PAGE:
Strengthening Local Agricultural Innovation Systems in Tanzania and Malawi

In many sub-Saharan African countries, poverty and food insecurity are linked to low agricultural productivity which accelerating climate change (CC) threatens to make even worse. In Tanzania and Malawi, a key challenge for decision makers is to understand the context and strategies of farmers and other stakeholders in agriculture for adapting to CC, including increasingly variable climatic conditions. Diverse farming environments and complexities associated with the context of peoples’ livelihoods varying over time and space suggest a need for localised innovation to enhance and sustain productivity. There is therefore a need to foster processes for two-way communication and engagement amongst these stakeholders and for supporting their information and other needs in order to strengthen farmers’ and other stakeholders’ capacities to adapt.

Four years of action research in Tanzania and Malawi targeted farming communities in two contrasting agro-ecological zones per country namely high and low potential together with local, district, national, and regional. The project collectively identified information, training and products to be shared and used to develop agricultural innovation systems better able to adapt to CC and variability. A combination of a sustainable livelihoods framework and innovations systems thinking provided a conceptual frame and a learning alliance approach guided our action research. The project built on: Trans-disciplinary partnerships and initiatives in agriculture and natural resources; Tanzania’s and Malawi’s NAPAs (National Adaptation Programmes of Action), which prioritize agriculture; Farmers’ livelihood strategies in relation to CC; and other agricultural stakeholders’ (public & private) strategies. The process included distinguishing agro-ecologically and socio-economically more (Southern Highlands, Tanzania; Mzimba and Mulanje districts, Malawi) and less favoured areas (semi-arid Central Zone, Tanzania; Chikhwawa and Karonga districts, Malawi) and direct and indirect benefits to the vulnerable.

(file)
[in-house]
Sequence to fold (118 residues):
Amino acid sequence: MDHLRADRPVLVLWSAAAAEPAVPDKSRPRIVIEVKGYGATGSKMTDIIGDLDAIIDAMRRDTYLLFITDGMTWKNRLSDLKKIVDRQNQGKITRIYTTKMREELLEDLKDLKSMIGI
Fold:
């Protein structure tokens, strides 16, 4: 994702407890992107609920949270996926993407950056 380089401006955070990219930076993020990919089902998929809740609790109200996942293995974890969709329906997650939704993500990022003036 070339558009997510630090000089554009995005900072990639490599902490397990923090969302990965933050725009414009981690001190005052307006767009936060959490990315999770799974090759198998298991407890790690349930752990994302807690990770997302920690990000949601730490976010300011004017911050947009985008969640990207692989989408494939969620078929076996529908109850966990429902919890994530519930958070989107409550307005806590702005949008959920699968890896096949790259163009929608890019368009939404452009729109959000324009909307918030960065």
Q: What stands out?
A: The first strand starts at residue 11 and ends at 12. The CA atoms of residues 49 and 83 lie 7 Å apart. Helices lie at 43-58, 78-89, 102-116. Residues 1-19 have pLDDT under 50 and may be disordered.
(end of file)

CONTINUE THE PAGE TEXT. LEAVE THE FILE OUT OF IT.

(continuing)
Diverse stakeholders within the agricultural innovation systems reported similar experiences and perceptions of climate change and climate variability (CC&CV) for the focal geographical locations. A participatory process was used to identify and develop the different agricultural adaptation information, training and product needs of the key stakeholders/ boundary partners (farmer learning groups, extension, stockists, media, research, NGOs, meteorological officers, National Consultation Group). The action research supported a multi-stakeholder experiential learning approach centred on village learning plots for collective planning, testing, evaluating and reflecting cycles. The action research themes included: soil and water management; crop and varietal biodiversity; and local weather data. An annual learning visit and stakeholder workshops were developed as participatory monitoring and evaluation processes, to help: share the learning amongst the different boundary partners; shape the future cycles of learning; and capture the lesson learning. An outcome mapping approach was incorporated into the learning visit to monitor and reflect on behavioural change amongst different boundary partners in relation to adaptation and supporting adaptation to CC&CV. In addition to the collective learning process, key adaptation practices identified by the agricultural innovation system actors included: deep tillage for in-situ harvesting of rain water; early maturing and drought resistant varieties and crops; new cash crops; training on community seed production; improved irrigation arrangements; CC&CV awareness raising. Farmers have begun practicing what they experimented with at the village learning plot on their own fields, and neighbouring farmers have also started testing the practices and processes. Key players in the agricultural innovation systems such as NGOs and district extension offices are already scaling out the agricultural adaptation practices and processes. Further work is needed to share the findings more widely.

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